Broadband isn’t a one and done proposition for Minnesota

There’s a letter to the editor in the InForum today about broadband and/or politics. Mostly I think the intent was political…

Jay McNamar recently stated he was in favor of bringing broadband internet to Minnesota District 12A. While I am certainly glad to hear that, the phrase “a day late and a dollar short” comes to mind. I say this because our elected representatives, Jeff Backer and Torrey Westrom, were not only in favor of bringing home broadband, they have already done it. Through their efforts, state and federal funding has been allocated for rural broadband.

The writer is under the impression that broadband is done. The estimates I’ve heard to get the entire state covered is between $1-3 billion. The state funding is a $35 million appropriation, which requires a 1 to 1 match – but that still only means $70 million investment. That’s a far cry from what’s required.

The Border to Border Grant is in its third year of “one time” funding. But realistically we’re going to need a few more years of funding if we plan to leave no county behind.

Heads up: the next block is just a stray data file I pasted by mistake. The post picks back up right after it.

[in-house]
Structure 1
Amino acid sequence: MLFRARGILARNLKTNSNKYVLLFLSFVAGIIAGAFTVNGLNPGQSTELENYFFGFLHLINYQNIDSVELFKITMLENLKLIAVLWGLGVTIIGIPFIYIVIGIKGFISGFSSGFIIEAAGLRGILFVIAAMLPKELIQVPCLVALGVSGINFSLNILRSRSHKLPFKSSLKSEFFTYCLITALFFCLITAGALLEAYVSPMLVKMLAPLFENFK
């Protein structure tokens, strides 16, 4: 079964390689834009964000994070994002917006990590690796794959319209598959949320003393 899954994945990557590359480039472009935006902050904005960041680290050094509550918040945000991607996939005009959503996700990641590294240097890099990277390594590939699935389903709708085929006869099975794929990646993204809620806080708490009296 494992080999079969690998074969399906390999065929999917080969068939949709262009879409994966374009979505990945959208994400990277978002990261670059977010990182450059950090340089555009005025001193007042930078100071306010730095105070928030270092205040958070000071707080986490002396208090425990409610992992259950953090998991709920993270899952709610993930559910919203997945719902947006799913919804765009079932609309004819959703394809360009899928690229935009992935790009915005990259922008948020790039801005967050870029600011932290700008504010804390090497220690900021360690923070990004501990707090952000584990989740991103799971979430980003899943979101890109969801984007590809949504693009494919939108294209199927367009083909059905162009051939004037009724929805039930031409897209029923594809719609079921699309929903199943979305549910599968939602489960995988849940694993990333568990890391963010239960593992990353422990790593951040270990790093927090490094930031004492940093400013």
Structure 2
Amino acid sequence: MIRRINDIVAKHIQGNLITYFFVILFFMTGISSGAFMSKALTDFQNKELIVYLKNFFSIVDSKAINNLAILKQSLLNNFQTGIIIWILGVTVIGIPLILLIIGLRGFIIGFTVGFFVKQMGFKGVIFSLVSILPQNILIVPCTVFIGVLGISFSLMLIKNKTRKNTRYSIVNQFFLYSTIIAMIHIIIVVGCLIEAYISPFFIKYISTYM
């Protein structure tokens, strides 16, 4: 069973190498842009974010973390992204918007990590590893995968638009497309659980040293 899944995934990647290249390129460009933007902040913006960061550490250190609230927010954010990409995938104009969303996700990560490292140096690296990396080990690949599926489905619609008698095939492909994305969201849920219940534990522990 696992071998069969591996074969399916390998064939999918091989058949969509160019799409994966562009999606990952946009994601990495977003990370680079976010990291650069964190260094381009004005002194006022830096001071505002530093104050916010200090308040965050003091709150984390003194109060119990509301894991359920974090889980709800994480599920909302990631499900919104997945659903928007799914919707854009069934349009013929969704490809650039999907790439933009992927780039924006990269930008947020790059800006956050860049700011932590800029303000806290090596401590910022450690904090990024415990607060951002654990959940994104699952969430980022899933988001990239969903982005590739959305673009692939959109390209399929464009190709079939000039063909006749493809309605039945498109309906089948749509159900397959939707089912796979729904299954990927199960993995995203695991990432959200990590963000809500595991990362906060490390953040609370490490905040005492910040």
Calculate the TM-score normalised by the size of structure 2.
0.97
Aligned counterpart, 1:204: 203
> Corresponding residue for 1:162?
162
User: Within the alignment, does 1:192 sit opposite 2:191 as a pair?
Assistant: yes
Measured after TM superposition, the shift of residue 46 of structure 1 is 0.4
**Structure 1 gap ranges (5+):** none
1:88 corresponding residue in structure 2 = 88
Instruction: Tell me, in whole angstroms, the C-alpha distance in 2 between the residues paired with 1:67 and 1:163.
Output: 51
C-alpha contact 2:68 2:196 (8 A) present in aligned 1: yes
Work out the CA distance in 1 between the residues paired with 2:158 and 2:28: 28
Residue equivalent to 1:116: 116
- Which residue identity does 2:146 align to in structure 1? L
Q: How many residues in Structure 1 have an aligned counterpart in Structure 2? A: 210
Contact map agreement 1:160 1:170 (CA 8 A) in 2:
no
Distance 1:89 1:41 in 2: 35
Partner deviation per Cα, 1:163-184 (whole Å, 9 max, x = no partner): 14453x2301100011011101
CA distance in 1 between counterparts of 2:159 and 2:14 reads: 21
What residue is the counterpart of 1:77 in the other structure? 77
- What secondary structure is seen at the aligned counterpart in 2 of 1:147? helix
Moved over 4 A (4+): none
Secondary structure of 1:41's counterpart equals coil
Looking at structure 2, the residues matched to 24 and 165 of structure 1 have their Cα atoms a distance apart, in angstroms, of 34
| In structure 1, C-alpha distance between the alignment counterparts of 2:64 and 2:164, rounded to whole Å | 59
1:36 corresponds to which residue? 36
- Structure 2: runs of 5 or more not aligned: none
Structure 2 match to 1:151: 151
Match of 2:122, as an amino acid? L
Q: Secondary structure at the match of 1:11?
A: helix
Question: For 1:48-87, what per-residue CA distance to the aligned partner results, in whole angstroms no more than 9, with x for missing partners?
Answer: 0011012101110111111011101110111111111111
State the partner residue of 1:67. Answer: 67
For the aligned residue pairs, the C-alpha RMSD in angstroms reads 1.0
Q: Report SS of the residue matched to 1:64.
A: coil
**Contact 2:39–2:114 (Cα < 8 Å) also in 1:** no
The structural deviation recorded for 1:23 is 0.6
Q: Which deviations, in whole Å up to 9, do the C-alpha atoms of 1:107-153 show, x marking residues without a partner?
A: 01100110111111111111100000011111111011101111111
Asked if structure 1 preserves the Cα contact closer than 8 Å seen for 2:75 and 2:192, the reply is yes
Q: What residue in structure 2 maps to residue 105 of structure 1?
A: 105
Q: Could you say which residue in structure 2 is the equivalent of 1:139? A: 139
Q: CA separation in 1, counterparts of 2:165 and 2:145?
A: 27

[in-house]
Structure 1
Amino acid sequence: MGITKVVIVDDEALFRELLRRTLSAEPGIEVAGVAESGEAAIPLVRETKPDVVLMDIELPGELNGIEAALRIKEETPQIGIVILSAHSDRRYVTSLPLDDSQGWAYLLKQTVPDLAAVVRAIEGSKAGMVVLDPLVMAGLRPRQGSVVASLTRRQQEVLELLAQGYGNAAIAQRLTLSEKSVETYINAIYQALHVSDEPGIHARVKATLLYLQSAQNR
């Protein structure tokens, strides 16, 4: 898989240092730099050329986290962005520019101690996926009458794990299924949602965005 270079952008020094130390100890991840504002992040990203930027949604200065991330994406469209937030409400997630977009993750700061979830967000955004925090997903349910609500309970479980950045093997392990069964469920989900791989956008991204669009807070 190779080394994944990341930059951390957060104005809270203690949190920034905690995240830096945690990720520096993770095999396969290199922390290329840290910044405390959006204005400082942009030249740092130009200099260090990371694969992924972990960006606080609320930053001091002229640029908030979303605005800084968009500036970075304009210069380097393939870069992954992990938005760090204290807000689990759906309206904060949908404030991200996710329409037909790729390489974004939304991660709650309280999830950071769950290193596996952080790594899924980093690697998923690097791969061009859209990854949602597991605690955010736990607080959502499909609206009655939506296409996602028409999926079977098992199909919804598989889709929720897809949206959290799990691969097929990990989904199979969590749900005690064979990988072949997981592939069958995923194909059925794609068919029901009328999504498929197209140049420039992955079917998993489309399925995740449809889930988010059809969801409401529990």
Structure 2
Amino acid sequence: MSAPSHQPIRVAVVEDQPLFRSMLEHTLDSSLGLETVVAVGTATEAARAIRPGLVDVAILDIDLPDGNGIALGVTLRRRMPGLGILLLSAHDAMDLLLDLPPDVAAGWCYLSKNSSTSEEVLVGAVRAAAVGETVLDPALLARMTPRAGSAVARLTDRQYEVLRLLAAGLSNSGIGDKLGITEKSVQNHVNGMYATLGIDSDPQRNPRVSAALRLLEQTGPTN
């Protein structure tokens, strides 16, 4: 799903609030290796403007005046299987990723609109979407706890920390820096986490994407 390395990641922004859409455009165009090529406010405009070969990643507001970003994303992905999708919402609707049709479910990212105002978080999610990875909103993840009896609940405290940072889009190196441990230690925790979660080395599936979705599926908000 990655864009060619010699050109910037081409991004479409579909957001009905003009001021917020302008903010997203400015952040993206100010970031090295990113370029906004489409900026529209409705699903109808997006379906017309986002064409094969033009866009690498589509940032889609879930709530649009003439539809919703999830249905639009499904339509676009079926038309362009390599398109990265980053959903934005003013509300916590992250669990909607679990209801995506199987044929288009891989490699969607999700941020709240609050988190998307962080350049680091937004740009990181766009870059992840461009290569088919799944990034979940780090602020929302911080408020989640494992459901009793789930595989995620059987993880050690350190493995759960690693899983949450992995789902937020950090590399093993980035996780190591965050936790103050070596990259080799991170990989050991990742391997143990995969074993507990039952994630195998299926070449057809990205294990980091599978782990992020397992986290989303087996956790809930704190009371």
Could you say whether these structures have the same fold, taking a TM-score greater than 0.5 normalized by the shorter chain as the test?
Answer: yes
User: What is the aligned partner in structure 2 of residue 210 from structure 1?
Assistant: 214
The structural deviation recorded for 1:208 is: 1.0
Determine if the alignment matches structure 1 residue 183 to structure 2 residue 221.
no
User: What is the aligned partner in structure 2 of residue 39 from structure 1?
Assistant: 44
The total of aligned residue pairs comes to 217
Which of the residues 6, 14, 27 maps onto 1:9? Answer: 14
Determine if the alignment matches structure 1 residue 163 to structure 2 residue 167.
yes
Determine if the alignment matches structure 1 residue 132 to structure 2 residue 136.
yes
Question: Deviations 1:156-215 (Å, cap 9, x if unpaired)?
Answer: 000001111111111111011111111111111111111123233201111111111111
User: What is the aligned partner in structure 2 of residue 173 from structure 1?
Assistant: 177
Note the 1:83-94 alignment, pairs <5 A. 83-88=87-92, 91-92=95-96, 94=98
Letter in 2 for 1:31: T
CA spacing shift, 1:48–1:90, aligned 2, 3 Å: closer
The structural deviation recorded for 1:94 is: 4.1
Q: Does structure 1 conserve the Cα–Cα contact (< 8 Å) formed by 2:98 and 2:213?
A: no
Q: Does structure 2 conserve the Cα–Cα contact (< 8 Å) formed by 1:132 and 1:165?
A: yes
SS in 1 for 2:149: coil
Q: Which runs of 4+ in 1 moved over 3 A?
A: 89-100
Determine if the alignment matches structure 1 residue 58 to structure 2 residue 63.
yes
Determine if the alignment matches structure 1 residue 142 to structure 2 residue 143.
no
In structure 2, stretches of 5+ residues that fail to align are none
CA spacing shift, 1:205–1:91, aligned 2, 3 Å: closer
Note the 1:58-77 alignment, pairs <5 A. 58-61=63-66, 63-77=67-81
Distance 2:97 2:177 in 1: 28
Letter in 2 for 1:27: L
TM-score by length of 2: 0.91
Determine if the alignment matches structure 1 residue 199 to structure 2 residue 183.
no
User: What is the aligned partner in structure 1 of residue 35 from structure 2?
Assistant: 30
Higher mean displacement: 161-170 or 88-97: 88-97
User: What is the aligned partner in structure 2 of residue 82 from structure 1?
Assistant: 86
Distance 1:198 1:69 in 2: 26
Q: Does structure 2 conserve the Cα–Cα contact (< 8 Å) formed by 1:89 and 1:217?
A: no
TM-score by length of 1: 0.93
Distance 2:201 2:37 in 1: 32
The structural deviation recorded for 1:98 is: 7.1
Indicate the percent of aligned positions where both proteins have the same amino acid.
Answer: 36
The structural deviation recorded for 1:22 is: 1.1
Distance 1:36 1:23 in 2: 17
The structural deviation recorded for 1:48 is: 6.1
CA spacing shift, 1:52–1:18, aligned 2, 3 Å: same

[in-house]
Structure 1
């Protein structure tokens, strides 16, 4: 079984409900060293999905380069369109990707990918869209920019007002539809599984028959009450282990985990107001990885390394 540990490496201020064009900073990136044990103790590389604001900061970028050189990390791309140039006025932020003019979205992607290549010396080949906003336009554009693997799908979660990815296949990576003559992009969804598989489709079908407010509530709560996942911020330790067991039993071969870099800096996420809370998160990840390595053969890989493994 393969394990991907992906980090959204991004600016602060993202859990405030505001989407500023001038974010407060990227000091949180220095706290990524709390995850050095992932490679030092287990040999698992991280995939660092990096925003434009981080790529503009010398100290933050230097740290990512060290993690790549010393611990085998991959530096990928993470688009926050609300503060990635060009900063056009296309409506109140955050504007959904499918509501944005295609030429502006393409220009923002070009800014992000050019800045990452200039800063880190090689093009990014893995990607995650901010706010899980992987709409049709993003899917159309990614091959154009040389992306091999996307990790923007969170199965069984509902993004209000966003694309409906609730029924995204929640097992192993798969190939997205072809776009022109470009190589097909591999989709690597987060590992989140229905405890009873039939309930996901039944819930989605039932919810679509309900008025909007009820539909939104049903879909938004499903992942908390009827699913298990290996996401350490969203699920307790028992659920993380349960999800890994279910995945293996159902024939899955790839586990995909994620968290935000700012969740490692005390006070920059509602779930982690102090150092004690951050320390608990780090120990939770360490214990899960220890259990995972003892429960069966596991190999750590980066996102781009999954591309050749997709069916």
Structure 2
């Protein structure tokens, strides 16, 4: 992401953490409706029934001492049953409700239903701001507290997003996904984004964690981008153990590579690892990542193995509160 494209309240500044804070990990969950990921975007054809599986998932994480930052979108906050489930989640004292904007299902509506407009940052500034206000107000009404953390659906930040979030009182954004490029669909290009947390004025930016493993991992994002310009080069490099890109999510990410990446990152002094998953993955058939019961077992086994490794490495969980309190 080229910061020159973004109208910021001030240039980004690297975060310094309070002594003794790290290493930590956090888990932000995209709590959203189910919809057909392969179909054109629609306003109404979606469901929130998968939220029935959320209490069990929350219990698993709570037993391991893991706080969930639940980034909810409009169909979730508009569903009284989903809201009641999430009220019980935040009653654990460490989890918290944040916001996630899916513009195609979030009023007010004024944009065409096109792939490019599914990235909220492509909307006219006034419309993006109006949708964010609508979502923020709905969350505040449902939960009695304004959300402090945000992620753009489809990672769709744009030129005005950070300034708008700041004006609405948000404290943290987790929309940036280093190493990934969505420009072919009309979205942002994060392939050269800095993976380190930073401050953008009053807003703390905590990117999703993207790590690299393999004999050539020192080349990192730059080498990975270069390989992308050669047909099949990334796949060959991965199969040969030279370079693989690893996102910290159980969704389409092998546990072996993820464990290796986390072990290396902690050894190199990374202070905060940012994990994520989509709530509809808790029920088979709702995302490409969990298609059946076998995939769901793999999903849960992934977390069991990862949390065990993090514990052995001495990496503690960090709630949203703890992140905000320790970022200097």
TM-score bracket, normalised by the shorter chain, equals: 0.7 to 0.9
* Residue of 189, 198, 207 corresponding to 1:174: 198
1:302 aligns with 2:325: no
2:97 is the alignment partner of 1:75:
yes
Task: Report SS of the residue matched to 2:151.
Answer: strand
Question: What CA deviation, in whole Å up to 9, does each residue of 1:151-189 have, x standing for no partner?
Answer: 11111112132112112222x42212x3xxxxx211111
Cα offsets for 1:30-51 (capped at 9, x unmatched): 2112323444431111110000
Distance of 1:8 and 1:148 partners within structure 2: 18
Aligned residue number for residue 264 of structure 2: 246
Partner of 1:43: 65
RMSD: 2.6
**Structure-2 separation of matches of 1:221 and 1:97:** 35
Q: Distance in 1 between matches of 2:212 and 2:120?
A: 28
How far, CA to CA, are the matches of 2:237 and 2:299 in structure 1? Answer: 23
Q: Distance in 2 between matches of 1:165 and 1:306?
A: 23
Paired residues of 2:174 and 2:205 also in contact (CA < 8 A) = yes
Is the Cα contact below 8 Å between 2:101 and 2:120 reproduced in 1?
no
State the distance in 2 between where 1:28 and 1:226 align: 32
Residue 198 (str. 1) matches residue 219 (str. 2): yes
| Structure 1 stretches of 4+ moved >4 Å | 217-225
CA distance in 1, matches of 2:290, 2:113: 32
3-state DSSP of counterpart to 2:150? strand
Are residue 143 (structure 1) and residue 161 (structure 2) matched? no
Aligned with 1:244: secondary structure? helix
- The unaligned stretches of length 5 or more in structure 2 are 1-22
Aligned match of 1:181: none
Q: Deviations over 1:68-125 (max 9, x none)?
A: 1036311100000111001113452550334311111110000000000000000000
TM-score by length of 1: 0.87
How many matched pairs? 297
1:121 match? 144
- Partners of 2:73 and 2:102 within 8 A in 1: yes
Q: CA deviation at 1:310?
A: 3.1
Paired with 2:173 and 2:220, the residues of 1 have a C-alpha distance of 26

This entry was posted in Funding, MN, Policy and tagged by Ann Treacy. Bookmark the permalink.

About Ann Treacy

I have a Master’s Degree in Library and Information Science. I have been interested or involved in providing access to information through the Internet since 1994, when I worked for Minnesota’s first Internet service provider. I am pleased to be a part of the Blandin on Broadband Team. I also work with MN Coalition on Government Information, Minnesota Rural Partners, and the American Society for Information Science and Technology.

2 thoughts on “Broadband isn’t a one and done proposition for Minnesota

  1. This is interesting commentary. Almost all of District 12A is eligible for the DEED Broadband grant. To bring Traverse County up to the 2026 state broadband goal of 100/20 Mb, it would take a significant allocation of the entire DEED grant program budget, plus the actual interest of one or more telecommunications providers. With a total population of just 3500 residents spread out over many miles, this is a challenging project. You can see the map here…

  2. Investor owned providers can’t afford to build universal FTTP service, nor can state and local government. In my 2015 ebook “Service Unavailable: America’s Telecommunications Infrastructure Crisis,” I propose a $200 billion national telecommunications infrastructure initiative funded by the federal government. I also assert that much of that investment will come back to taxpayers with the economic multiplier effect from jobs to build the infrastructure and increased economic activity it will enable.

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